Author: Jen Calonita
Publish Date: April 10, 2012
Genre: YA, Contemporary
Fifteen-year-old Isabelle Scott loves her life by the boardwalk on the supposed wrong side of the tracks in North Carolina. But when tragedy strikes, a social worker sends her to live with a long-lost uncle and his preppy privileged family.Isabelle is taken away from everything she’s ever known, and, unfortunately, inserting her into the glamorous lifestyle of Emerald Cove doesn’t go so well. Her cousin Mirabelle Monroe isn’t thrilled to share her life with an outsider, and, in addition to dealing with all the rumors and backstabbing that lurk beneath their classmates’ Southern charm, a secret is unfolding that will change both girls’ lives forever.
Izzie’s life has been far from easy. She’s had to care for her grandmother for a long time, and she bears a burden far greater than girls her age should carry. Nevertheless, life is a far cry from what she’s about to be plunged into. When a social worker sends her to live with a well-to-do distant relative, Lizzie’s world is turned upside down…in the best possible way. When Izzie’s world becomes one of wealth and prestige, a private school and a glamorous home life with a glitzy cousin, Mira though, it might be a bit too much for her. Can she hack it in this new world, or will her place remain in her roots?
In a world where a lot of YA novels take themselves far too seriously and dark/depressing is the new happy, Belles by Jen Calonita takes a new high ground. Funny and sweet, endearing and unapologetic, this drama and tension-filled story takes a simpler approach to the young adult world. It’s a rags-to-riches sort of tale that takes the immediate clichéd notions and spins them into something for more entertaining. Think – Cinderella meets She’s the Man. Peppered with seriousness but alive with lighthearted, feel-good humour and storytelling, Belles is a real treat.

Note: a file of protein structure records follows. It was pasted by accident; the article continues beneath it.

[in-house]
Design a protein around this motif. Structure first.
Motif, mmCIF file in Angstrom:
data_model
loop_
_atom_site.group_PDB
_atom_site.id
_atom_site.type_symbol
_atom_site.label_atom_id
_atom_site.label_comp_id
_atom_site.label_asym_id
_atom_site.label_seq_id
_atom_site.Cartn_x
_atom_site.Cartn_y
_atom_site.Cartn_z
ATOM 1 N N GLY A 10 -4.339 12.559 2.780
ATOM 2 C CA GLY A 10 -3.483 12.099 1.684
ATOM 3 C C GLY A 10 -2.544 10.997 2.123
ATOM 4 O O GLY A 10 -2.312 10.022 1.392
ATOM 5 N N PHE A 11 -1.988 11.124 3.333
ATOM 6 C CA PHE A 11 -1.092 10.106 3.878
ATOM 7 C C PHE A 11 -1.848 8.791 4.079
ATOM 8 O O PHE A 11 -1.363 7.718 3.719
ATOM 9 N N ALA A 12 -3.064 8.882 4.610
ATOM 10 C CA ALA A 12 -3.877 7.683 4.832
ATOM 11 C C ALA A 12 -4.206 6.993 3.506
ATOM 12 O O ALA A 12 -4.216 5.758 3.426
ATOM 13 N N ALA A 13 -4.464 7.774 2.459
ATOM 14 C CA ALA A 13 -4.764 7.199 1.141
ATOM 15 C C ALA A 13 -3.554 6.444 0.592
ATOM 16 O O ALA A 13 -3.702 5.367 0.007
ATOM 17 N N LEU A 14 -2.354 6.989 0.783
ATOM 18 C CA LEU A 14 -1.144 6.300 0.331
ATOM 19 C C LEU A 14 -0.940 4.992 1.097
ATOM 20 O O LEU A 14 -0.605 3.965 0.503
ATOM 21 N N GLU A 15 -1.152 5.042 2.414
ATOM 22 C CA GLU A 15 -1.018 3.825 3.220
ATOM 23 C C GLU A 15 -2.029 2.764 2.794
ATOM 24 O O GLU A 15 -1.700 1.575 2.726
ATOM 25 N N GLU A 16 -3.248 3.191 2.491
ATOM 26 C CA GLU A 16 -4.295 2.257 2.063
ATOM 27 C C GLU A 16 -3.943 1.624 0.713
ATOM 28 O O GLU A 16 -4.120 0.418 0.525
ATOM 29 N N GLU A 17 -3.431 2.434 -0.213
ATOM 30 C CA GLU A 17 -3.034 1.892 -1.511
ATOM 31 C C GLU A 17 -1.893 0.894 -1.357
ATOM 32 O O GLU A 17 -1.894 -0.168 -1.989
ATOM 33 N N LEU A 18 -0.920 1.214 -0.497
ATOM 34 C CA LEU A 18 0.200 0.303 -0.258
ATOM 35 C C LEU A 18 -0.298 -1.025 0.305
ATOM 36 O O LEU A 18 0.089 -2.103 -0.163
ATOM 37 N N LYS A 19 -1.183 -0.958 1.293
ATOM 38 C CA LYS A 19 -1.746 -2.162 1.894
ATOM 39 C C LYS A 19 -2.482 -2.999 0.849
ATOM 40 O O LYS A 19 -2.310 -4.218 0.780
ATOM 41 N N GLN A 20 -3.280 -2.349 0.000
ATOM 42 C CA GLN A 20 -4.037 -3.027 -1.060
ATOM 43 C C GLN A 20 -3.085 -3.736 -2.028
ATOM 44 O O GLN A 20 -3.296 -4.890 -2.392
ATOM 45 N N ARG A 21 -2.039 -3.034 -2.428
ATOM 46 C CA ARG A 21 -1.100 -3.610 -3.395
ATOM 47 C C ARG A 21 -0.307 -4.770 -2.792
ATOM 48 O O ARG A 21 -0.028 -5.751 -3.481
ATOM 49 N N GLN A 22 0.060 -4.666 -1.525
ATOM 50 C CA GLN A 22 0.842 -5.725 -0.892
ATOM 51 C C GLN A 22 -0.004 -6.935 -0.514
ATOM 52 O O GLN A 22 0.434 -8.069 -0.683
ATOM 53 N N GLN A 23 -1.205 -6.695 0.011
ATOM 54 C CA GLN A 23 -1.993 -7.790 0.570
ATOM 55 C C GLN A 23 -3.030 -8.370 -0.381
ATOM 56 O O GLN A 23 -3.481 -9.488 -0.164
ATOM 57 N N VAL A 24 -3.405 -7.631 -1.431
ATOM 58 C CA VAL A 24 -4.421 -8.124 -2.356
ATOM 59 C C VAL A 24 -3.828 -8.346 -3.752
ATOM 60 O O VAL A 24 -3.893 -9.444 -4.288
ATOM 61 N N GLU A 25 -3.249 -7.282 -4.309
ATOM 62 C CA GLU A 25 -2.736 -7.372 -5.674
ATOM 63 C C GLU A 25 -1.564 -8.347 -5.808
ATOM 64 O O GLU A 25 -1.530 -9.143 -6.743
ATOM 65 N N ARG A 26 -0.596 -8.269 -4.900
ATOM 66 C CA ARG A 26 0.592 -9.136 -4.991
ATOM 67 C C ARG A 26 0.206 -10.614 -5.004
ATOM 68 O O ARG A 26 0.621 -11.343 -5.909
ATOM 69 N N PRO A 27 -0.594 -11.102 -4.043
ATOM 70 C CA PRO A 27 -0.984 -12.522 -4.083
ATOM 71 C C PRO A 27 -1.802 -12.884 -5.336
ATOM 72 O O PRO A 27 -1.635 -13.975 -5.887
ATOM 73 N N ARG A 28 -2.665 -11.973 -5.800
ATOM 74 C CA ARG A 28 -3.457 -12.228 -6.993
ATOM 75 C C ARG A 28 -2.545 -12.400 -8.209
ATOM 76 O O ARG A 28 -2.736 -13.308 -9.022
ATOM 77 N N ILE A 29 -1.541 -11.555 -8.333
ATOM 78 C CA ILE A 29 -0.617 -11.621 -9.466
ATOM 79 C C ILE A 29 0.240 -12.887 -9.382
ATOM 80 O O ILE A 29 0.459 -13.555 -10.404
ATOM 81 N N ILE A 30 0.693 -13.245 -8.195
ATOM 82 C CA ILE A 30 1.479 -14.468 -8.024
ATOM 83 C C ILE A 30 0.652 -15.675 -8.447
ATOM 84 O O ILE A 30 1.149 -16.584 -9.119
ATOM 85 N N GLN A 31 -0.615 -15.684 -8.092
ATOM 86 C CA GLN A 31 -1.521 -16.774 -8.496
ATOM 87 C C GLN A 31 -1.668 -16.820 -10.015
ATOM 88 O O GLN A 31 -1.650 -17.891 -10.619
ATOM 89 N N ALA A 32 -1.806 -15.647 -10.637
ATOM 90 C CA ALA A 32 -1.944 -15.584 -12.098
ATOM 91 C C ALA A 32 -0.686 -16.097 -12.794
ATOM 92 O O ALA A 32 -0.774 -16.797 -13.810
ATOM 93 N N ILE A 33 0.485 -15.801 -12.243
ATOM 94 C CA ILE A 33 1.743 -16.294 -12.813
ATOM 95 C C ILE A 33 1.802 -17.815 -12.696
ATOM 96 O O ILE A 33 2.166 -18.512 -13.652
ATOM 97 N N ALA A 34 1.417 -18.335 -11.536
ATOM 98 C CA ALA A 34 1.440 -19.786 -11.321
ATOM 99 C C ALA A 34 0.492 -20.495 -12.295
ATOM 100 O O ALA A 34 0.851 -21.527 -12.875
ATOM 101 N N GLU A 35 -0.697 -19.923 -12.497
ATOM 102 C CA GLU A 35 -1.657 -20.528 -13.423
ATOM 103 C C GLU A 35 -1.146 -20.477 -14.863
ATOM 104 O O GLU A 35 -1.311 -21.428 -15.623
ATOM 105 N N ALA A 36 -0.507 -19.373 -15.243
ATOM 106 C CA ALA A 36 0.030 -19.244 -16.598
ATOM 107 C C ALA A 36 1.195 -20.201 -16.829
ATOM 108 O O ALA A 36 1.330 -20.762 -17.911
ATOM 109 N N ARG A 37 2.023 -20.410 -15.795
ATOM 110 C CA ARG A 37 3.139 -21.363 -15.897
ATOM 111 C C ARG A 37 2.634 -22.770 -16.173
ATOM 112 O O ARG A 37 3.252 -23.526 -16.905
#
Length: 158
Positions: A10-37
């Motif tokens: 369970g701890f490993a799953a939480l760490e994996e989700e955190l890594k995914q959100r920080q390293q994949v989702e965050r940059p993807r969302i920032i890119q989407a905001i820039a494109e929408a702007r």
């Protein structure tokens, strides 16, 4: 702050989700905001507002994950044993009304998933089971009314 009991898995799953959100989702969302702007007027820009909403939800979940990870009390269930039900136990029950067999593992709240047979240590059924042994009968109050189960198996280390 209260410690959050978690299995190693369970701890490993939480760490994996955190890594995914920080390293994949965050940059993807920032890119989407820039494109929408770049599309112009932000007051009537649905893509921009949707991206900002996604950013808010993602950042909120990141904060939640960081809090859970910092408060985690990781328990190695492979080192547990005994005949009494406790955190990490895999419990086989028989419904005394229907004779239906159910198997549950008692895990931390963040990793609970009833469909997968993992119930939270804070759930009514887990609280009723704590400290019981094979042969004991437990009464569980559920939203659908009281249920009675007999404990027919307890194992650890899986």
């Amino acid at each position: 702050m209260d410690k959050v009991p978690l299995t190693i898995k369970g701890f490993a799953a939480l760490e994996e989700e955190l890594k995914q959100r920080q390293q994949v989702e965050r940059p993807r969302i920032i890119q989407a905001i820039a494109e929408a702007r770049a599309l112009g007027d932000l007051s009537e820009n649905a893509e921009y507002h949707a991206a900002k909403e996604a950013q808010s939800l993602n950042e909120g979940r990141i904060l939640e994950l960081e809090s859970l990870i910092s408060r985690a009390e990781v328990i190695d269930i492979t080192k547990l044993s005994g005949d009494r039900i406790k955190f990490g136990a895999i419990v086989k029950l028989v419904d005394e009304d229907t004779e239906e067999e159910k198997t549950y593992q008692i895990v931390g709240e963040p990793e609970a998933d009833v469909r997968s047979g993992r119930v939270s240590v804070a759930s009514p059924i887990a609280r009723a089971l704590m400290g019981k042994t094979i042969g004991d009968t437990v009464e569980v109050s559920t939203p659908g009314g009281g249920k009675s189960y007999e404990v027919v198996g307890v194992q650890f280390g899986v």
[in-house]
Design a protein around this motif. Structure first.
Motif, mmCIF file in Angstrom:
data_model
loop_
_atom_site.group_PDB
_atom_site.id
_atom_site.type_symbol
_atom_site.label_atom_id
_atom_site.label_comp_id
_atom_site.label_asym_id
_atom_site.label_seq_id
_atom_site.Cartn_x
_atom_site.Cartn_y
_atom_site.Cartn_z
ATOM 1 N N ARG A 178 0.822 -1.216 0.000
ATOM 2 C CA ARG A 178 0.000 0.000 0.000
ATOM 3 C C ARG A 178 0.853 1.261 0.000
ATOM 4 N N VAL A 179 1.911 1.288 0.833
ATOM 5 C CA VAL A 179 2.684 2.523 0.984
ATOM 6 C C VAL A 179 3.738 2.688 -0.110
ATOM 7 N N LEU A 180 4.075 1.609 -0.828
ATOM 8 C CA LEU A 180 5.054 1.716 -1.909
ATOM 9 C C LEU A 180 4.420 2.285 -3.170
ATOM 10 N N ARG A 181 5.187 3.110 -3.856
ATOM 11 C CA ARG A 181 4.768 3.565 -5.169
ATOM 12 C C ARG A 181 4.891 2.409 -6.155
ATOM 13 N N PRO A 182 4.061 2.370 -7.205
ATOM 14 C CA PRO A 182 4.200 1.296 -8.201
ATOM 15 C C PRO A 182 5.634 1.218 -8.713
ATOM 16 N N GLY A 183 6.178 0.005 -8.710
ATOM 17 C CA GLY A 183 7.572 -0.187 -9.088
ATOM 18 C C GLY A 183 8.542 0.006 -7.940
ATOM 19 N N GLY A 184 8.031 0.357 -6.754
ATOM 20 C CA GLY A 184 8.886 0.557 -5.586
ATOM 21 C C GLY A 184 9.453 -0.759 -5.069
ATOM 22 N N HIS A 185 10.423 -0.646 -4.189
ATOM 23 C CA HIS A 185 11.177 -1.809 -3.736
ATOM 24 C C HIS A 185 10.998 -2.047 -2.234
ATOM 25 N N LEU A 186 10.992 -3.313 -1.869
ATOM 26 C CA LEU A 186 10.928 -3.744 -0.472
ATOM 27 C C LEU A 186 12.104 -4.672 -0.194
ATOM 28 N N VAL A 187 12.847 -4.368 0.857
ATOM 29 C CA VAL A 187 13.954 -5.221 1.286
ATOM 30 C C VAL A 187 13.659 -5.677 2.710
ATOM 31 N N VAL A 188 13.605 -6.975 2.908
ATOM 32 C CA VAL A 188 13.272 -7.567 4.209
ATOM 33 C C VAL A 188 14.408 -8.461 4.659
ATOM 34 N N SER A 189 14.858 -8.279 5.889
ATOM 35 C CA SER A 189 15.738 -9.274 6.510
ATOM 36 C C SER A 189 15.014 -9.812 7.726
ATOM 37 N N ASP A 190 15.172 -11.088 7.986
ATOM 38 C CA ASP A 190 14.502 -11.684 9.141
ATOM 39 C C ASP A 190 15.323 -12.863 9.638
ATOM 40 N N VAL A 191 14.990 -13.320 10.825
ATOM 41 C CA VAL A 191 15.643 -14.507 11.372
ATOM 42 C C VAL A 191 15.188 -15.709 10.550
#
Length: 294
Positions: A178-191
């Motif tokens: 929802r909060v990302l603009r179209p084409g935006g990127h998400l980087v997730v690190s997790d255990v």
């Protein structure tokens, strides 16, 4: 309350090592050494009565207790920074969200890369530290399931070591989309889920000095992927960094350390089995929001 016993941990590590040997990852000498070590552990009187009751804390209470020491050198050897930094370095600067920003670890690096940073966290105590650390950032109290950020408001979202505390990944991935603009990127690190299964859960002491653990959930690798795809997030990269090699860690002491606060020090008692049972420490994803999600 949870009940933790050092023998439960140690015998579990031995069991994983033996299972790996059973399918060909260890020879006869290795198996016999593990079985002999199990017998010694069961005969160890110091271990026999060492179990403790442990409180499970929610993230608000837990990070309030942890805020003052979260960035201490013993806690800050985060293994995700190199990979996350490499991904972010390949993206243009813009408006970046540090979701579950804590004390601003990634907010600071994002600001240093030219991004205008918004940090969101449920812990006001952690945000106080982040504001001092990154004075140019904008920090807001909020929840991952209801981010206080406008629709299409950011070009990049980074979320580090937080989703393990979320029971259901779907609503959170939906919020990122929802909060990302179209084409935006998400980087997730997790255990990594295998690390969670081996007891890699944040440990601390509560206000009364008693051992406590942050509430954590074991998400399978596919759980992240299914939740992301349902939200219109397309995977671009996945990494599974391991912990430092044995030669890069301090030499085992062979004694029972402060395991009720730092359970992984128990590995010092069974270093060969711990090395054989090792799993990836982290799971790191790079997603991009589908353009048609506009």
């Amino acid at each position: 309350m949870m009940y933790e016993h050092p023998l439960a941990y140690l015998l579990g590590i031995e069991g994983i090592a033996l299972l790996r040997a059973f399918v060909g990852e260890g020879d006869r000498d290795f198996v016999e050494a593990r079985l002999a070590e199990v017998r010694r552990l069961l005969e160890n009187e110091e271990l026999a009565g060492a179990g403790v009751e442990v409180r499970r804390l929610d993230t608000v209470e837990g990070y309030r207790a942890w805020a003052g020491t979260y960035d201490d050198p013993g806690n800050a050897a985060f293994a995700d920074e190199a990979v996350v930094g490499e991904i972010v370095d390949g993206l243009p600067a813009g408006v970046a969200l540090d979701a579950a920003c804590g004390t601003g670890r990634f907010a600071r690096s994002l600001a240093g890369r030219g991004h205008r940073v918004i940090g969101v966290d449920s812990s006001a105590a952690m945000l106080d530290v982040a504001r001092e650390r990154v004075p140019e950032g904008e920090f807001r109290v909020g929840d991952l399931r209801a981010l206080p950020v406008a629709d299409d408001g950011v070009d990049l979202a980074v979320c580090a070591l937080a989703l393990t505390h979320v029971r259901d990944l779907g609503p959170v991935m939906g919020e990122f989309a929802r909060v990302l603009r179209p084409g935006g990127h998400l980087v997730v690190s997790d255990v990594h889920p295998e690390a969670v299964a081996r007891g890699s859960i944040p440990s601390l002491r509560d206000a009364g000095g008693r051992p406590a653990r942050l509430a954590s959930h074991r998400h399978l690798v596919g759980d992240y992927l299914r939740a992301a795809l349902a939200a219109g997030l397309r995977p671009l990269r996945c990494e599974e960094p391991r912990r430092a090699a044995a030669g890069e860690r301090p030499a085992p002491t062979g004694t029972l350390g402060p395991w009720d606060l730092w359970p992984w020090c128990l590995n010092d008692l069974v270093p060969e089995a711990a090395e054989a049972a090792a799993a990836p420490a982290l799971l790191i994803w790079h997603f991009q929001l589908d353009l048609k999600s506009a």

Guys, there are so many things about Belles that I should have hated simply based on my preconceived notions, my qualms with melodrama and more. However, there was something about the story that was just so charming that I found myself completely engulfed in the story. Izzie was a delightful MC. She was honest and true, and I found that her character had a starkness about her that bolstered her internal strength. Mira was carefully crafted as her antithesis. She was very much a follower, and her personality was very weak. Having been raised in a wealthy household, Mira doesn’t truly think for herself, and I found her to be a bit off-putting, which was actually effective because it made me like Izzie even more. Told in alternating perspectives, Belles featured smooth, seamless transitions, though I’ll say I far preferred Izzie’s chapters to Mira’s. Best of all, however, was the fact that the novel was genuine and heartfelt. With just enough drama and touches of romance, Belles whetted my appetite for a sweet read that wasn’t too heavy and wasn’t too boring.
Overall, I was surprised that I really enjoyed Belles. Usually not my cup of tea, it definitely bested my misconceptions. I give it a 4 out of 5, and I highly recommend it to all fans of YA, especially those who enjoy contemporary fiction with lighthearted romance.